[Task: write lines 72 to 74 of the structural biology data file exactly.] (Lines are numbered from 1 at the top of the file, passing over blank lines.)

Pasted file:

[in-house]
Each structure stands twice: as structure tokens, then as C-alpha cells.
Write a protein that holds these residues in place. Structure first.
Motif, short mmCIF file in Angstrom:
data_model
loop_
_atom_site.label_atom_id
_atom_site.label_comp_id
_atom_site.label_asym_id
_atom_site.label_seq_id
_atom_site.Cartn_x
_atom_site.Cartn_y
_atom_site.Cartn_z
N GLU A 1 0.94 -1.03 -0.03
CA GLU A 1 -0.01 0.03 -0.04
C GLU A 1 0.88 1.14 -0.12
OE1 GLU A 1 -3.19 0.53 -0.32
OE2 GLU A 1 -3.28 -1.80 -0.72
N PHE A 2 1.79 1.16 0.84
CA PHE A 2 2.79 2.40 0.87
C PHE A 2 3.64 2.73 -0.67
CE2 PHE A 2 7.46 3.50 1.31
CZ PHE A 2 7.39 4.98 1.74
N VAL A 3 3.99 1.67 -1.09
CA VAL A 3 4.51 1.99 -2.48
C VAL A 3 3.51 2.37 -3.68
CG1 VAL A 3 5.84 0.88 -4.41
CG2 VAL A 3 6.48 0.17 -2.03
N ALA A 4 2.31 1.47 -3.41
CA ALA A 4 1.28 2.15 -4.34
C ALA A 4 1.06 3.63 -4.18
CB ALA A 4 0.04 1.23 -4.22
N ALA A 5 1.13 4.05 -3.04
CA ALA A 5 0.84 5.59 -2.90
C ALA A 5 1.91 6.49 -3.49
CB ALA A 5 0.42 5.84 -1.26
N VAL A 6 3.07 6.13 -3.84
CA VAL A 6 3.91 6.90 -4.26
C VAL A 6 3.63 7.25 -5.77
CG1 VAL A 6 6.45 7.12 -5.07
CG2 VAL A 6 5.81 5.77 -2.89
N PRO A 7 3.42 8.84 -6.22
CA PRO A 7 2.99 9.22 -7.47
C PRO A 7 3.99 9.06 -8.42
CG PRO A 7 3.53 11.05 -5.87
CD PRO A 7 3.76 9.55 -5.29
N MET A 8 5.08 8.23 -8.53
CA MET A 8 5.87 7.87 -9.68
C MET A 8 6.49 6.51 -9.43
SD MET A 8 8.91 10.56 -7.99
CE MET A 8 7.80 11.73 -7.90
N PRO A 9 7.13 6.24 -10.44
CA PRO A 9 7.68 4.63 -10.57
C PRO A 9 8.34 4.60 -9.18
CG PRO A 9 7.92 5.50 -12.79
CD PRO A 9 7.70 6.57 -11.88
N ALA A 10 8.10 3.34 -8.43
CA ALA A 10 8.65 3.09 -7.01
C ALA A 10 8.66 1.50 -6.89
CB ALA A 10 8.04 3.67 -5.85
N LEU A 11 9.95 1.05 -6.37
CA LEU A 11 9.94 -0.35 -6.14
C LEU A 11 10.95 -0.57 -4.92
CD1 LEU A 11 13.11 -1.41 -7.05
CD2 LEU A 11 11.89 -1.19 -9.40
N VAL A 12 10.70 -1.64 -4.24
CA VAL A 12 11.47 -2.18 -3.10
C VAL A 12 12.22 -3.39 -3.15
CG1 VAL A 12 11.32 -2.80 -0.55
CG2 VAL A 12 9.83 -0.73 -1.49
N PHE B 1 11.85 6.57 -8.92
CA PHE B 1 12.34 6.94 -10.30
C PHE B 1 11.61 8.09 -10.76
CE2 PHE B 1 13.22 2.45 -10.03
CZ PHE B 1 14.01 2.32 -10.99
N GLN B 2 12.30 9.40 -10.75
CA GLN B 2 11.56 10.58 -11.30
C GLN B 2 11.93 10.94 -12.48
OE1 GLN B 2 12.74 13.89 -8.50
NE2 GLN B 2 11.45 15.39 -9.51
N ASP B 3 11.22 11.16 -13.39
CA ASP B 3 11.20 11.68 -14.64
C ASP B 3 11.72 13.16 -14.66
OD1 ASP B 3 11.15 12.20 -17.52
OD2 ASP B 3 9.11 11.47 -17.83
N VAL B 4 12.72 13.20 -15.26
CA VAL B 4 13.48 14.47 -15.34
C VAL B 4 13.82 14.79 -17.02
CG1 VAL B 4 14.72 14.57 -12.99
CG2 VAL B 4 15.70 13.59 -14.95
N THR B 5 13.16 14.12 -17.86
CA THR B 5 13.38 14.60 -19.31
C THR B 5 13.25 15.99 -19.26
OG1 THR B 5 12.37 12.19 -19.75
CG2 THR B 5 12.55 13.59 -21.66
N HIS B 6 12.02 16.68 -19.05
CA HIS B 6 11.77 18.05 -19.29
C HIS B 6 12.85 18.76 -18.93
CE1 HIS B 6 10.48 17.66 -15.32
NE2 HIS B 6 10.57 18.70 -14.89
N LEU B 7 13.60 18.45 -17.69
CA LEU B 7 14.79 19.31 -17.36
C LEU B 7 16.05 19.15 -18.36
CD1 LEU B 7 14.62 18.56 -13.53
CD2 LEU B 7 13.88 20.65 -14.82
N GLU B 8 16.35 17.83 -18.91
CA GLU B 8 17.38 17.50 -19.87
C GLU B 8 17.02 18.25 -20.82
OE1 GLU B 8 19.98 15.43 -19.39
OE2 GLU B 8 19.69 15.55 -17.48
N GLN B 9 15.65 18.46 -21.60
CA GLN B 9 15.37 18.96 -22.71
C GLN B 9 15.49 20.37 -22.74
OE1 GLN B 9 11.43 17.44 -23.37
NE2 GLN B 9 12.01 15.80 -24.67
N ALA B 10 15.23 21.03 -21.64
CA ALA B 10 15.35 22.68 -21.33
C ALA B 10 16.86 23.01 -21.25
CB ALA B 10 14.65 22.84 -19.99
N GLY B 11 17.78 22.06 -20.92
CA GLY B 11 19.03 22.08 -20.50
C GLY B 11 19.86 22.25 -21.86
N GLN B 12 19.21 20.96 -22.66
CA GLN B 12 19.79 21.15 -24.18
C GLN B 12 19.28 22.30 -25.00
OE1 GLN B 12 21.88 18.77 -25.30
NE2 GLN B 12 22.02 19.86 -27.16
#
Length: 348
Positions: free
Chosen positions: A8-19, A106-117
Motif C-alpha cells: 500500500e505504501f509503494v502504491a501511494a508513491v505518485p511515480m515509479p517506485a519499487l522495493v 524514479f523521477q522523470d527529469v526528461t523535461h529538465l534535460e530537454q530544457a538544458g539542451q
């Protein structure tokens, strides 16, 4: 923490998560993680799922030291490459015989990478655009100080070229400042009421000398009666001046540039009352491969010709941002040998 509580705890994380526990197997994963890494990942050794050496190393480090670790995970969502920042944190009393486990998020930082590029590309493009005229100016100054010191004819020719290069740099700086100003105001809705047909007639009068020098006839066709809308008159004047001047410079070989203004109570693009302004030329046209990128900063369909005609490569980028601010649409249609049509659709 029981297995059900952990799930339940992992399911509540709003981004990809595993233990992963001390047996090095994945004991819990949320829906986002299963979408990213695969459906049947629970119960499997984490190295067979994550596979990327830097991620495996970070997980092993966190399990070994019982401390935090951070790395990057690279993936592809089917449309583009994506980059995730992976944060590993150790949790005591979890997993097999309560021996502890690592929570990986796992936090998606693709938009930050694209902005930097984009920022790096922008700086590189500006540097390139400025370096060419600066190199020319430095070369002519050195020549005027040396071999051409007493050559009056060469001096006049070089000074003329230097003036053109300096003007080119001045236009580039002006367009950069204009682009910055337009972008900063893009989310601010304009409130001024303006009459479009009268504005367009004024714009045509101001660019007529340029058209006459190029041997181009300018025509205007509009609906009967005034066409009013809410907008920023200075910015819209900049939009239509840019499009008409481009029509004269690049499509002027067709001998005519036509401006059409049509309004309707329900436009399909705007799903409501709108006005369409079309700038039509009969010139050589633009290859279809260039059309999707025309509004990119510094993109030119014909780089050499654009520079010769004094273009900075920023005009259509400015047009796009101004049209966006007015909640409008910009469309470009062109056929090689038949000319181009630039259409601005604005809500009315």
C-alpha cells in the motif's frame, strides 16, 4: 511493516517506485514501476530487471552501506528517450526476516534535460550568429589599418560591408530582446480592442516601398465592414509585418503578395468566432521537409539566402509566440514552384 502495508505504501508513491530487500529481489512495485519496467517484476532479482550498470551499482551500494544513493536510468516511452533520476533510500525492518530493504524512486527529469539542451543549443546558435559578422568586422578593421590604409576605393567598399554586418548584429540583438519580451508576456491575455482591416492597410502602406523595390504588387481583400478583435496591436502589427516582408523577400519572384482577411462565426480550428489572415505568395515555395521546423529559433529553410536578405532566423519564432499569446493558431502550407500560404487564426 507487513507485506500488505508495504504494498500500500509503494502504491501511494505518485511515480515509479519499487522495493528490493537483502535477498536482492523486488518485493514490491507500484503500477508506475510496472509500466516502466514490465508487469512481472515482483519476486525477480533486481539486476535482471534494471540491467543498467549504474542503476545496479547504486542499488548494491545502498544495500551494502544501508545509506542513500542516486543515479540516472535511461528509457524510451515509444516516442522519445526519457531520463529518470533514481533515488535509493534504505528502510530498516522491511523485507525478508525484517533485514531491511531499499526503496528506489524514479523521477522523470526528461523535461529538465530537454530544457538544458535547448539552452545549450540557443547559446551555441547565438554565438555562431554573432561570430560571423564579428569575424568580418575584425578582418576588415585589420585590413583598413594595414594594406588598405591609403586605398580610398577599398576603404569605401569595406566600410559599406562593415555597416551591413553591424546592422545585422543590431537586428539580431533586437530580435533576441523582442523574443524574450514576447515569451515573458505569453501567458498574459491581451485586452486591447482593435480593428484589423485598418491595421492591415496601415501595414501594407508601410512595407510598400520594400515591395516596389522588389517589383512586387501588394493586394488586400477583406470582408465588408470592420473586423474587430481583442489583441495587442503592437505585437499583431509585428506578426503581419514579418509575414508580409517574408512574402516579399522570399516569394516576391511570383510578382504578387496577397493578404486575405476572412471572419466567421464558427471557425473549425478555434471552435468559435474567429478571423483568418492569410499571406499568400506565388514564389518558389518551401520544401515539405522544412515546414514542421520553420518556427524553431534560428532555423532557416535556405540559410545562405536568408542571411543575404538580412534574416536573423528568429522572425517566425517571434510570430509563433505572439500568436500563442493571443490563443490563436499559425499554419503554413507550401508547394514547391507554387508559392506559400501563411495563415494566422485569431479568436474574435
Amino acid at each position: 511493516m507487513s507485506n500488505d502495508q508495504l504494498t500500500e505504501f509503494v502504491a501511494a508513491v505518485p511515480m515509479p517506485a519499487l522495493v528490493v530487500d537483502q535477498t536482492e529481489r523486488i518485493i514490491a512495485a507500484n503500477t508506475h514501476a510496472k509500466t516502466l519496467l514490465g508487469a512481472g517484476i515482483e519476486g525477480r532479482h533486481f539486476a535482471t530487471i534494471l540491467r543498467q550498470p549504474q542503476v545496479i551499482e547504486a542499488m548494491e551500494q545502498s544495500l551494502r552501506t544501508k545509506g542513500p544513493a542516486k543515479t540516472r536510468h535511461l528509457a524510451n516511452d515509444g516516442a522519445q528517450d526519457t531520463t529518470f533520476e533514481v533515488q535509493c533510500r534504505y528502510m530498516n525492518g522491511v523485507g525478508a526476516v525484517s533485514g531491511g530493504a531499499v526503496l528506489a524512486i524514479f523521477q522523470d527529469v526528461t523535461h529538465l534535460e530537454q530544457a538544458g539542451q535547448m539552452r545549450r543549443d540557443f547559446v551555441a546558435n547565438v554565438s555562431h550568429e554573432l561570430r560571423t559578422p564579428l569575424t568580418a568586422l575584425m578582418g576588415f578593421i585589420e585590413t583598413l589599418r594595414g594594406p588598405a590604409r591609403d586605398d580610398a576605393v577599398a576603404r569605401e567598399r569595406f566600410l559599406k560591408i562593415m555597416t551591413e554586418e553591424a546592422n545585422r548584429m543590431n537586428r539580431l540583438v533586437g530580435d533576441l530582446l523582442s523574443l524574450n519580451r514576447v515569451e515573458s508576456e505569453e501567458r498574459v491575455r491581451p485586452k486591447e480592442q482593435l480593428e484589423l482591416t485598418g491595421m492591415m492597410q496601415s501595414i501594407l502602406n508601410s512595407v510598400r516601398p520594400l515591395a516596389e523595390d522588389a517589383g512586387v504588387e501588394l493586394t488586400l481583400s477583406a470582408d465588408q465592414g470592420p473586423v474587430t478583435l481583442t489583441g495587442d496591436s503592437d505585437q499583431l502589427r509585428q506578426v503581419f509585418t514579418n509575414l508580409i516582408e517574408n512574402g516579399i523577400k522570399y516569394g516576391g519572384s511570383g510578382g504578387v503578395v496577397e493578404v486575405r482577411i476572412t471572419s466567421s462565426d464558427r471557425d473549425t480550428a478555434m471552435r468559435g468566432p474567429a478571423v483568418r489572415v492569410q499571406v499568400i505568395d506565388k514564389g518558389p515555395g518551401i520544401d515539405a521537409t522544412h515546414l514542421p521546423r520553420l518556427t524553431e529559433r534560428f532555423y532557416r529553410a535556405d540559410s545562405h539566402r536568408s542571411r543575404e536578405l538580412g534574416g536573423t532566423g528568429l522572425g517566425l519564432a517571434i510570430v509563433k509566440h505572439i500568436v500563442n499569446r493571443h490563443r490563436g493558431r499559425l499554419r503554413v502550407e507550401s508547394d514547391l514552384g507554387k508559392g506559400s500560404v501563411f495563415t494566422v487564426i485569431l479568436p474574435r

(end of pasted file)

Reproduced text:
CA PHE B 1 12.34 6.94 -10.30
C PHE B 1 11.61 8.09 -10.76
CE2 PHE B 1 13.22 2.45 -10.03